• Extensive media coverage highlighting the issue to the people of Fiji.

Currently the lead agencies are meeting to discuss and refine the draft strategy with a view to having stakeholder consensus prior to presenting the final strategy at an FAO Regional conference in April 2018 and then seeking Cabinet approval in late April. Implementation of the strategy is planned to commence in September 2018.

Nacocolevu FwB

Nacocolevu view of broad-scale burning, fragmented forests and sedimentation. (courtesy Robin Yarrow)


Pinus caribaea

Pinus caribaea regrowth with active fire beside the Queens Road between Nadi and Sigatoka (courtesy John Steer).

Participants at the National Forest Fire Management Workshop





















Participants at the National Forest Fire Management Workshop, Sigatoka Fiji, November 2017 (courtesy Pacific Community)

 Foresters without Borders Australia embarks on its first project

The Foresters without Borders management committee has been negotiating with the Vanuatu Department of Forests to identify potential projects to complement the “Rebuilding Vanuatu Forestry” project, which was generously supported by IFA members following Cyclone Pam. The priority project “Technical training with Vanuatu Forest Officers” has been developed and expressions of interest are now being called for suitably skilled volunteers to assist with the delivery of this project.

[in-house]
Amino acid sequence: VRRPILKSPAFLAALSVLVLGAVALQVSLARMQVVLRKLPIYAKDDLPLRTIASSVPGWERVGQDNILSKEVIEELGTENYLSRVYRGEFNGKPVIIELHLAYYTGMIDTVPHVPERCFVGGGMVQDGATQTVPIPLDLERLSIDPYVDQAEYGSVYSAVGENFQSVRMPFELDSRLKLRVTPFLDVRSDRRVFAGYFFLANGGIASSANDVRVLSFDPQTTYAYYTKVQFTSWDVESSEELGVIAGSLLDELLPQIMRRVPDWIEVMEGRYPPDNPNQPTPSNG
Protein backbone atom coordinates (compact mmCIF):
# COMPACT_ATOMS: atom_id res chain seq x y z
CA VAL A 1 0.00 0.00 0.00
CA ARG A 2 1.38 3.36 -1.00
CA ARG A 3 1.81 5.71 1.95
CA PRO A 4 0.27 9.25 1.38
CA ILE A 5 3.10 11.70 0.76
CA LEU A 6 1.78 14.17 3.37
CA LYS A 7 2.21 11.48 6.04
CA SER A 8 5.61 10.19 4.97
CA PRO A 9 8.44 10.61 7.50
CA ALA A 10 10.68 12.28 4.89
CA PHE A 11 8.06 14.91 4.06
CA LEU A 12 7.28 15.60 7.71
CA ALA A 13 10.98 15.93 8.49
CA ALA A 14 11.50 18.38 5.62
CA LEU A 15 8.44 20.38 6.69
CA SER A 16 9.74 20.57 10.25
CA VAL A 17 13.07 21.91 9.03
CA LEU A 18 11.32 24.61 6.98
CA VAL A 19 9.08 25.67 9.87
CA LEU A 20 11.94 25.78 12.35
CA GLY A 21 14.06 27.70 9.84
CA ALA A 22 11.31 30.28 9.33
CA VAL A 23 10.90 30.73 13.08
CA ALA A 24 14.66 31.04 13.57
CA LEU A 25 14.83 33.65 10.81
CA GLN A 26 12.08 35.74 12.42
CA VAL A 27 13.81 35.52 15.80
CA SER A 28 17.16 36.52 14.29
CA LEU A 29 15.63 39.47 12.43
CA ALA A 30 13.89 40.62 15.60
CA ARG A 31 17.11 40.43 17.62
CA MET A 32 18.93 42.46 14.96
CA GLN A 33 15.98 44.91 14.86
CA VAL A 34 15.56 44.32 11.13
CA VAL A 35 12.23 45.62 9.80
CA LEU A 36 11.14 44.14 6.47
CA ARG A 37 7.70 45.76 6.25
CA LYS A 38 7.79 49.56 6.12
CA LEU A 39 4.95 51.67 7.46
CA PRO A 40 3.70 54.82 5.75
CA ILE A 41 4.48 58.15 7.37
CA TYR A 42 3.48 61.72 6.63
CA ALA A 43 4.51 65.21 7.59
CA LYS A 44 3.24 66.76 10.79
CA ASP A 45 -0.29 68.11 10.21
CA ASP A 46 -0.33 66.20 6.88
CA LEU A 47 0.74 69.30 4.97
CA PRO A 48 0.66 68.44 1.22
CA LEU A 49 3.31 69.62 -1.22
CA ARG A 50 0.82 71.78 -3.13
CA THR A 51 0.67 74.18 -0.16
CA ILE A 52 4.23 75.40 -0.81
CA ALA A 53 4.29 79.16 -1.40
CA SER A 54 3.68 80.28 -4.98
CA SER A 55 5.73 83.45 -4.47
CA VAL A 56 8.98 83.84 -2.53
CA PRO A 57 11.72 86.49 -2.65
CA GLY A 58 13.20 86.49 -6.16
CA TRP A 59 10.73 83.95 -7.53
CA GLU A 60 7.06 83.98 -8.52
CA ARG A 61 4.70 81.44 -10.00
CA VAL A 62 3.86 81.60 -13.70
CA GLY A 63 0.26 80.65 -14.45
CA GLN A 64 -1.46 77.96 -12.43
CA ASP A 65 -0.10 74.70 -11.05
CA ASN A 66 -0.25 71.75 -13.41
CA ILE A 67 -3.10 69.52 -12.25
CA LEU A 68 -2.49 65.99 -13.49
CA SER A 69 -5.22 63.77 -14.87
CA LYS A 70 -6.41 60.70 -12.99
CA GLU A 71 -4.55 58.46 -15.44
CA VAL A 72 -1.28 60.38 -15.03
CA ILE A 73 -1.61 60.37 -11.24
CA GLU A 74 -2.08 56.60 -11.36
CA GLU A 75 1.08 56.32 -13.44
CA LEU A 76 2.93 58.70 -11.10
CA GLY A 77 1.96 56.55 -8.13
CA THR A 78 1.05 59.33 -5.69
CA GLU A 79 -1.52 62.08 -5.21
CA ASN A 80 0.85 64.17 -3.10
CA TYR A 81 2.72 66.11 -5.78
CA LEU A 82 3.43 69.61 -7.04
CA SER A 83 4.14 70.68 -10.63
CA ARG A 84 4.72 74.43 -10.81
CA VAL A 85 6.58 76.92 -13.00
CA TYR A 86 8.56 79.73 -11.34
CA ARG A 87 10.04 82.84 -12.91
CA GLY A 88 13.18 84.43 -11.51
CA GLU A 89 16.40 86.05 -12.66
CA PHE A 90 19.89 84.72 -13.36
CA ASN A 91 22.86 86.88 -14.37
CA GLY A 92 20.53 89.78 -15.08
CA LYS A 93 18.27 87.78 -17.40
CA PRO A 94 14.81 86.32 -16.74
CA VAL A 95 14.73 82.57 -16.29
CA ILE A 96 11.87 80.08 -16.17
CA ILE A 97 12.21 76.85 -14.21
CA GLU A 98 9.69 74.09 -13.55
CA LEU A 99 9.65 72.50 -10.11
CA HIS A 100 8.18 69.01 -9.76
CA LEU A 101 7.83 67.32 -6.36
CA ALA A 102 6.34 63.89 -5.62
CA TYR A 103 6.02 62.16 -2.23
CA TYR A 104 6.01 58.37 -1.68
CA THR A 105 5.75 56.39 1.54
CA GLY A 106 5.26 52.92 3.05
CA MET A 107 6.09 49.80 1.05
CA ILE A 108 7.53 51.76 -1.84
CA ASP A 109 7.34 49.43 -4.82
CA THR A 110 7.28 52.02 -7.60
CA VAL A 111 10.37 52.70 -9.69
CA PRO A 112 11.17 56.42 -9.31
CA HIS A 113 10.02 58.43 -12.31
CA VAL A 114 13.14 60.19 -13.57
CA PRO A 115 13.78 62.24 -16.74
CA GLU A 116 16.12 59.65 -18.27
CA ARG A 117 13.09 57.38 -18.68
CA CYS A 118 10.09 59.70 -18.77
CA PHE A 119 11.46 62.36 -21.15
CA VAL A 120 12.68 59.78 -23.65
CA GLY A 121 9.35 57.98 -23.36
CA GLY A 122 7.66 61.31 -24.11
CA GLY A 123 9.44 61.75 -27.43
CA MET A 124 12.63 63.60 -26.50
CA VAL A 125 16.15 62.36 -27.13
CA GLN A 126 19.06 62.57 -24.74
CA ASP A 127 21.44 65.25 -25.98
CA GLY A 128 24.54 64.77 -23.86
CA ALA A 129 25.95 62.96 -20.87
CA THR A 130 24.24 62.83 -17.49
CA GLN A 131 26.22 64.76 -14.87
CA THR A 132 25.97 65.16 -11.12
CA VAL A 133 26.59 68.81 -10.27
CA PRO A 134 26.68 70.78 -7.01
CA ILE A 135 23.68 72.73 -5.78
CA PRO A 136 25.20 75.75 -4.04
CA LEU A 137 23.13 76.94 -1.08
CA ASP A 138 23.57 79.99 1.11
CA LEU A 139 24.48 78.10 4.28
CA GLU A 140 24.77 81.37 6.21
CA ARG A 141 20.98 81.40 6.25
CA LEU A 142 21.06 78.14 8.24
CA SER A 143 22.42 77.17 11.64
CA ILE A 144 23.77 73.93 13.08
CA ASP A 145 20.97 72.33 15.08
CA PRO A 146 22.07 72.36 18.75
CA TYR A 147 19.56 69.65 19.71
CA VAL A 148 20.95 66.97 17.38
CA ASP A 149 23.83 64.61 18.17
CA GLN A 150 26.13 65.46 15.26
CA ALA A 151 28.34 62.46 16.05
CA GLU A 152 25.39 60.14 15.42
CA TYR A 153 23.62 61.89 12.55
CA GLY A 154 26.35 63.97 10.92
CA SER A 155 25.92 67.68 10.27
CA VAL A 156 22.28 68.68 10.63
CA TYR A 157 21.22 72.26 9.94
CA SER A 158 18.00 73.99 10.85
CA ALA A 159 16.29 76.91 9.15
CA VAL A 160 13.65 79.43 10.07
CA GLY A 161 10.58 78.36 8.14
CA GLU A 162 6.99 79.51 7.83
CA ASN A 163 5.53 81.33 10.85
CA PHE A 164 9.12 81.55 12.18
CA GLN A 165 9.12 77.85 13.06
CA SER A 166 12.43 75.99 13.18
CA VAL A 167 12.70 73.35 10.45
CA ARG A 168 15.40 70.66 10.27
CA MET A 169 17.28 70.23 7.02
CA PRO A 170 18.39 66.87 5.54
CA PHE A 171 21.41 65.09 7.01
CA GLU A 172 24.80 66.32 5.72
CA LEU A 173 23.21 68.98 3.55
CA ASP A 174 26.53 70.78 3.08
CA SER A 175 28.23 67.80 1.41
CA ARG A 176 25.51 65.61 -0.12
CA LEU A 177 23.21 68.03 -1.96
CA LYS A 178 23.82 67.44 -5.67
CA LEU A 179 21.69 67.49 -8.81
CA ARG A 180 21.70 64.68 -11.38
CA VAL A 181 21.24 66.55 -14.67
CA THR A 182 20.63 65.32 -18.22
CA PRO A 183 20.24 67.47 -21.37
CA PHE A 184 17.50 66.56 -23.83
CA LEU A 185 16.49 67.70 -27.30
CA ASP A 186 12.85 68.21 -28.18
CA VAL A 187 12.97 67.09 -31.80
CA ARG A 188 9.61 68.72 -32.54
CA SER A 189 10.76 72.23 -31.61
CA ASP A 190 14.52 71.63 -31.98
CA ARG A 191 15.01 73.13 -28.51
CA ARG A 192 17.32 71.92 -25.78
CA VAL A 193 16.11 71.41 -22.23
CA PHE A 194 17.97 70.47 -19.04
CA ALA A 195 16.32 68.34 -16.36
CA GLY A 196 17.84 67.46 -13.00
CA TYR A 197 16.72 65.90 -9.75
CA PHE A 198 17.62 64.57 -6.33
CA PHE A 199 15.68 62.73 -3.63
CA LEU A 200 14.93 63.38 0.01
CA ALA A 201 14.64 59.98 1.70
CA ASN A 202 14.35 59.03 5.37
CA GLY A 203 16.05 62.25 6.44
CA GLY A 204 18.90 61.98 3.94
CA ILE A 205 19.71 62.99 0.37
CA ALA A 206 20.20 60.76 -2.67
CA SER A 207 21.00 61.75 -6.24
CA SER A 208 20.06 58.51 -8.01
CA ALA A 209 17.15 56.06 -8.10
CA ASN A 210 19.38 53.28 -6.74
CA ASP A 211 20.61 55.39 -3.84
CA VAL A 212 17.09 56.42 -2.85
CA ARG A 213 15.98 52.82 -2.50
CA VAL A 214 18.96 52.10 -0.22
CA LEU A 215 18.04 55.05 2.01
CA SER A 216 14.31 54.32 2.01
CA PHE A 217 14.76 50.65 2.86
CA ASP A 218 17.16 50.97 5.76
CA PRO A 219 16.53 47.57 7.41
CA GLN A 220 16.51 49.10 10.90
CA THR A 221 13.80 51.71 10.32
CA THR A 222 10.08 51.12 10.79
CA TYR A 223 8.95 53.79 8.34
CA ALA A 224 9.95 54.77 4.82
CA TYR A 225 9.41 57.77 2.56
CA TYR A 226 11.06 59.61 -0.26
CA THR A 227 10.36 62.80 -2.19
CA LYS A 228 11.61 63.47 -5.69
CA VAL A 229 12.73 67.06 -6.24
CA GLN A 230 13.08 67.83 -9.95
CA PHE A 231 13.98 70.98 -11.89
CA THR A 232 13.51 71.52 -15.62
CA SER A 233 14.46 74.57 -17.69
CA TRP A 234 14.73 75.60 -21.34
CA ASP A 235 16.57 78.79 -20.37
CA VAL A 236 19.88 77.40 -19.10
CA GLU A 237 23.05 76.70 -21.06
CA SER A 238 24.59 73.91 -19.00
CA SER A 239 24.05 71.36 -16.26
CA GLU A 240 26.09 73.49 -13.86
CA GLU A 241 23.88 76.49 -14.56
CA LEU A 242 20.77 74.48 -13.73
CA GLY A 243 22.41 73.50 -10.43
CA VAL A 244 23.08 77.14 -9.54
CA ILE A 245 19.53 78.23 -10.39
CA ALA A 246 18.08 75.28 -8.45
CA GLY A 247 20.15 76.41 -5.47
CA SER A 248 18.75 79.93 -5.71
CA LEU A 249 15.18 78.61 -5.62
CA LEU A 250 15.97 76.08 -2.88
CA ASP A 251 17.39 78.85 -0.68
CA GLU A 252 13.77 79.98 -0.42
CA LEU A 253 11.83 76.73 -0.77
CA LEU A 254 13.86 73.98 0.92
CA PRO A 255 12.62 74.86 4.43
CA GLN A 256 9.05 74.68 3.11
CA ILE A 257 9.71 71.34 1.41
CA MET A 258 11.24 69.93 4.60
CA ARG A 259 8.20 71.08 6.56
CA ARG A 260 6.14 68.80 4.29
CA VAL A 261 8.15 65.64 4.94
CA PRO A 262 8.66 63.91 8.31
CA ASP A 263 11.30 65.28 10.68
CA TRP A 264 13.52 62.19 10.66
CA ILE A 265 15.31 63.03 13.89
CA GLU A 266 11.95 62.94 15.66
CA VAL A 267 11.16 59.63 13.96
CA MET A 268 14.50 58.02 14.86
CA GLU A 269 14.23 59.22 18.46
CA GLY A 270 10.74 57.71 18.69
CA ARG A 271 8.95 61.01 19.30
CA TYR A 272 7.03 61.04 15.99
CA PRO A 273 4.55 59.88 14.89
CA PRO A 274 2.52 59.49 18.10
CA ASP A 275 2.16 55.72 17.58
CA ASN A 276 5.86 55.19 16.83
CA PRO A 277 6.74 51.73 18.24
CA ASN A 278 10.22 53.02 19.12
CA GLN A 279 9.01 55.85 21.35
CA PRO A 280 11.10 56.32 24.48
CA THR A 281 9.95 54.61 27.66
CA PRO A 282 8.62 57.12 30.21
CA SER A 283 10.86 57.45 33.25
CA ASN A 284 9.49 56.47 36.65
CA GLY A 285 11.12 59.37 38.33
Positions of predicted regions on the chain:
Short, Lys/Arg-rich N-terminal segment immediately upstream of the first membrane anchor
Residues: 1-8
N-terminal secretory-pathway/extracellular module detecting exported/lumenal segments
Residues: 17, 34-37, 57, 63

Technical forestry skills among department staff have been in relative decline over recent years due to a lack of available foresters and the completion of some key donor funded forest management projects in early 2000’s. The Department of Forests has recruited staff graduating with qualifications in Agriculture and other natural resources disciplines, while well trained in their respective disciplines, these young staff can benefit from additional training and awareness in elements of forest management and practices. Department of Forests has sought to provide such training to newly recruited staff however it has not eventuated due to work load and commitment by senior officers.
Providing training support in practical forestry will assist Forest Officers in their work to promote and support community forestry throughout Vanuatu. Foresters without Borders will engage a suitably qualified volunteer to work with Department of Forests to assess training needs and to plan and conduct an initial training program with selected Department of Forests staff.
The attached Terms of Reference document developed with the Director of Forests outlines the scope of the project. Expressions of interest are now being called with the process described in the EOI document also attached. Funding for this project has yet to be secured. Expressions of interest can be lodged with the chairman of the FWB management committee, David Wood at wood4datrees@gmail.com. He can also be contacted on 0438186637 if further detail about the project is required.
A two-page FWB Fact Sheet is now available which can be used to promote our work to a broader audience, as well as: